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He quits the woods, and tries the beaten ways;
[Taking a jump through the stage door.
ON THE TAKING OF QUEBEC.
Amidst the clamour of exulting joys,
Which triumph forces from the patriot heart; Grief dares to mingle her soul-piercing voice,
And quells the raptures which from pleasure start.
o Wolfe, to thee a streaming flood of wo,
Sighing we pay, and think e'en conquest dear; Quebec in vain shall teach our breast to glow,
Whilst thy sad fate extorts the heart-wrung tear.
Alive, the foe thy dreadful vigour fled,
And saw thee fall with joy-pronouncing eyes : Yet they shall know thou conquerest, though dead!
Since from thy tomb a thousand heroes rise.
ON A BEAUTIFUL YOUTH,
Struck Blind by Lightning.
SURE 'twas by Providence designed
Rather in pity than in hate,
To save him from Narcissus' fate.
WEEPING, murmuring, complaining,
Lost to every gay delight;
Fears th' approaching bridal night.
Yet why impair thy bright perfection?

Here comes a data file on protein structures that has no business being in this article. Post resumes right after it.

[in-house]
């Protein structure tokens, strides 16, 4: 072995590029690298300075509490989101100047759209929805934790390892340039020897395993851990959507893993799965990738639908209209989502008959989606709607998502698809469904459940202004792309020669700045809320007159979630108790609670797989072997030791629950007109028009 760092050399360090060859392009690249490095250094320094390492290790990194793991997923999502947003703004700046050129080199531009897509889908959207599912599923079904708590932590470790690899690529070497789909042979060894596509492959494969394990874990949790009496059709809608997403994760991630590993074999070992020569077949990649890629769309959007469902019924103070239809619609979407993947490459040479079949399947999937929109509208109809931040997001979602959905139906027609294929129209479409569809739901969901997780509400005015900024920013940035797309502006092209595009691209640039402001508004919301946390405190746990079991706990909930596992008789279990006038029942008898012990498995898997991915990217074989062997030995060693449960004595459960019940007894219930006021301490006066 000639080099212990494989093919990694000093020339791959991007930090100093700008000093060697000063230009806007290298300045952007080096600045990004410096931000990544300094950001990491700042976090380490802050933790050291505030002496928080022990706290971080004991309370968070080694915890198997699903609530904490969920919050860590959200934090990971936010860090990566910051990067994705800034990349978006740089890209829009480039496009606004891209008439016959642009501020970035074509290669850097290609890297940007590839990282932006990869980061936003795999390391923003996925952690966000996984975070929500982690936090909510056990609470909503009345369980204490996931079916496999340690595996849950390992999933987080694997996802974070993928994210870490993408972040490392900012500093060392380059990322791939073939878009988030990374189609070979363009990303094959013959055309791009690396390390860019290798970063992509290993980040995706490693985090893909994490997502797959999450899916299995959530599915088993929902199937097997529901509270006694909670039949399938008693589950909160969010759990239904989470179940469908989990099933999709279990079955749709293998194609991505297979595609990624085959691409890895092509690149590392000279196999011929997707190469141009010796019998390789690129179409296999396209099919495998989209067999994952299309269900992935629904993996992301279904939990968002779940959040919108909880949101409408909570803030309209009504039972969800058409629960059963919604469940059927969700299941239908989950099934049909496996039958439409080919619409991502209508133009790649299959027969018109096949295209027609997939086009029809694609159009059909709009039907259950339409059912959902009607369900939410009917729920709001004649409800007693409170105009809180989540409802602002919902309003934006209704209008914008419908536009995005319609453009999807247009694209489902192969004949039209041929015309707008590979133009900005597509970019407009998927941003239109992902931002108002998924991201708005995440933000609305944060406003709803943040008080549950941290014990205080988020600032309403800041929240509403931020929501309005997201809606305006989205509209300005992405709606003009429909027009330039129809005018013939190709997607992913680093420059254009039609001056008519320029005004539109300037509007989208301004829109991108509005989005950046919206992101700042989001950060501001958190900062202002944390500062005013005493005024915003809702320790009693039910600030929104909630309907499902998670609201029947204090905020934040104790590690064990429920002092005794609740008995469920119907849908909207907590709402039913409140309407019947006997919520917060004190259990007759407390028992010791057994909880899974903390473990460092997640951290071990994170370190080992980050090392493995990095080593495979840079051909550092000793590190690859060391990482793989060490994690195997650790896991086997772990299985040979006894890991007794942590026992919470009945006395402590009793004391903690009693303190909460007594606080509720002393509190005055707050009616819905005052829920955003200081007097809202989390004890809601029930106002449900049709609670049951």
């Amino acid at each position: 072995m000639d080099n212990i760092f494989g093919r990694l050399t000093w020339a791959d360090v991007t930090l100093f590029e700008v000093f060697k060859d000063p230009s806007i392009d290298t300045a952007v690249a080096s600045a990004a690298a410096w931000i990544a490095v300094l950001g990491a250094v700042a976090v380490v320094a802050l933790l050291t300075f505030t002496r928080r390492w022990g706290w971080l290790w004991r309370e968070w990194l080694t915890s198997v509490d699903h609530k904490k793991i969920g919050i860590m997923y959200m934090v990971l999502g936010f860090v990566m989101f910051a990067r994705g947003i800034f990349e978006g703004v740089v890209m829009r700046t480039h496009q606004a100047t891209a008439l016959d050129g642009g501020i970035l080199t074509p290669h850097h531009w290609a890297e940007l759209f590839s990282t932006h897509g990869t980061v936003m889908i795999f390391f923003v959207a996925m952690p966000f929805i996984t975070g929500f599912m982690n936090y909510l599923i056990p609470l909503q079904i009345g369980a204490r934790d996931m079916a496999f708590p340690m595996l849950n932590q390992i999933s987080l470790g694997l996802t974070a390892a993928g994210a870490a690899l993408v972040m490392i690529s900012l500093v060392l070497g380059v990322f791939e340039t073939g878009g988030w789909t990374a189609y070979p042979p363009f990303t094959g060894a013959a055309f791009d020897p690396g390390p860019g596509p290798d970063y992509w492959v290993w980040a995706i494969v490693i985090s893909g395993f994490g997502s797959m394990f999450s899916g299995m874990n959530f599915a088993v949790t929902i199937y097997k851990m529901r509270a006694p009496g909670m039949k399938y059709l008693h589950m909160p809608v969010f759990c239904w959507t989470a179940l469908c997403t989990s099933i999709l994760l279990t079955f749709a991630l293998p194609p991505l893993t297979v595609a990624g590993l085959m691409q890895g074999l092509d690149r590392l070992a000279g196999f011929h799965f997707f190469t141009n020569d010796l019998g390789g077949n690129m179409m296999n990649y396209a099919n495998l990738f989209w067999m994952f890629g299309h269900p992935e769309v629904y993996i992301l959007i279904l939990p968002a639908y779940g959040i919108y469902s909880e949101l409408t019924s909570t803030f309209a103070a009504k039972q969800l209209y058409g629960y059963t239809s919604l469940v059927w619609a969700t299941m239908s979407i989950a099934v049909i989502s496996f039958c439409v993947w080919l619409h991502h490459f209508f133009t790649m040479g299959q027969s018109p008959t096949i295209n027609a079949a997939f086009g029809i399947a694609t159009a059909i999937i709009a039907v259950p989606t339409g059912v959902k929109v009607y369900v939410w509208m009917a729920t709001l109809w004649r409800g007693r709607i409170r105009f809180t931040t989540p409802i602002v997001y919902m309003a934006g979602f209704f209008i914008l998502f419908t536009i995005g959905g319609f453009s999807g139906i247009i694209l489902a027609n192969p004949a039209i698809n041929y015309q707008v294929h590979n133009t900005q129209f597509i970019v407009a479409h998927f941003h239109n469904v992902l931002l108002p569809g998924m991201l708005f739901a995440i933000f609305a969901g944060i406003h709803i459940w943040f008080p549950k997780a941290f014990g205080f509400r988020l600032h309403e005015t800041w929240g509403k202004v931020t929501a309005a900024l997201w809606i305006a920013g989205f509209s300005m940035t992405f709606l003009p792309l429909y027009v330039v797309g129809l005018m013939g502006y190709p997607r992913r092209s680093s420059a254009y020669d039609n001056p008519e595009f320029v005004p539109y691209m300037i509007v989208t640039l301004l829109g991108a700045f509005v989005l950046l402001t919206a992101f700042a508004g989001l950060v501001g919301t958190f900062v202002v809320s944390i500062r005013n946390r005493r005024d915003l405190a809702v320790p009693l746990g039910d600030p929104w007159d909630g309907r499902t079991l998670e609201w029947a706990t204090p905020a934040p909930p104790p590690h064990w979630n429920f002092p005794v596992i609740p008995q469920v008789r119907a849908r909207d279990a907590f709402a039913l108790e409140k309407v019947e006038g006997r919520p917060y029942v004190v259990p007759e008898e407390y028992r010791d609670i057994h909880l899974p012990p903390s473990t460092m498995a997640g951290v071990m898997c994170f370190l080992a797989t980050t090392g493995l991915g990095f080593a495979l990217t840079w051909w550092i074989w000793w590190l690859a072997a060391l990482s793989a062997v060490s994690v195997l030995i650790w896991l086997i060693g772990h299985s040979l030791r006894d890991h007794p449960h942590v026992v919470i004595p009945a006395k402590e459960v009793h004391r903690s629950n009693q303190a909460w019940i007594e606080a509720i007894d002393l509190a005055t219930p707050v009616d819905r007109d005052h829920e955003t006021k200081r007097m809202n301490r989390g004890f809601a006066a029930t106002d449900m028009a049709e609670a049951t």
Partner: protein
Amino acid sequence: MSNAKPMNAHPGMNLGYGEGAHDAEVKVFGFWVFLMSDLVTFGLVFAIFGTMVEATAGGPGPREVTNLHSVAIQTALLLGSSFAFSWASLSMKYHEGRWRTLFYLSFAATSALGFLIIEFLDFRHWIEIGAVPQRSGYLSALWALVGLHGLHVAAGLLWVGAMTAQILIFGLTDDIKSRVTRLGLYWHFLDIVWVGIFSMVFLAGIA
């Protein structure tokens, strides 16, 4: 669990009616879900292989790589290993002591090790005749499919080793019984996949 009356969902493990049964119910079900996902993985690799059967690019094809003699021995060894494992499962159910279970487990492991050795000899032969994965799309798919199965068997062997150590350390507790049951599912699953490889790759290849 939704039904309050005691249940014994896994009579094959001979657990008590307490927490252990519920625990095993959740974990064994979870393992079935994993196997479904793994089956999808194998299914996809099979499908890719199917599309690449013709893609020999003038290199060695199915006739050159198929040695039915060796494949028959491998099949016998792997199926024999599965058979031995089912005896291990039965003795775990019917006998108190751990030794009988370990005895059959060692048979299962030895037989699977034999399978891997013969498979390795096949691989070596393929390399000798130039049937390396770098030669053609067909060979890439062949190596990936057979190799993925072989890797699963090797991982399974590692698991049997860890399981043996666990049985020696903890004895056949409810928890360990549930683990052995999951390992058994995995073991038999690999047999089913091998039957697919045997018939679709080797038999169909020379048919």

Or dim thy beauty with a tear ?
She long had wanted cause of fear.
From the Oratorio of the Captivity.
The wretch condemned with life to part,
Still, still on hope relies;
Bids expectation rise.
Hope, like the glimmering taper's light,
Adorns and cheers the way; And still, as darker grows the night,
Emits a brighter ray.
Intended to have been sung in the Comedy of " She
Stoops to Conquer."
Ah me! when shall I marry me?
O MEMORY! thou fond deceiver,
Still importunate and’vain, To former joys recurring every
And turning all the past to pain :
Thou, like the world, the oppressed oppressing,
Thy smiles increase the wretches wo; And he who wants each other blessing,
In thee must ever find a foe.
STANZAS ON WOMAN.
WHEN lovely woman stoops to folly,
The only art her guilt to cover,
THE CLOWN'S REPLY.
JOHN TROTT was desired by two witty peers, To tell them the reason why asses had ears? « An't please you,' quoth John, “ I'm not given to
letters, Nor dare I pretend to know more than my betters, Howe'er, from this time, I shall ne'er see your graces, As I hope to be saved! without thinking on asses."
EPITAPH ON DR. PARNELL.
Tais tomb inscribed to gentle Parnell's pame,
EPITAPH ON EDWARD PURDON.*
Here lies poor Ned Purdon, from misery freed,
Who long was a bookseller's hack :
I dont think he'll wish to come back.
* This gentleman was educated at Trinity College, Dublin ; but having wasted his patrimony, he enlisted as a foot soldier. Growing tired of that employment, he obtained his discharge, and became a scribbler in the newspapers. He translated Voltaire's Henriade.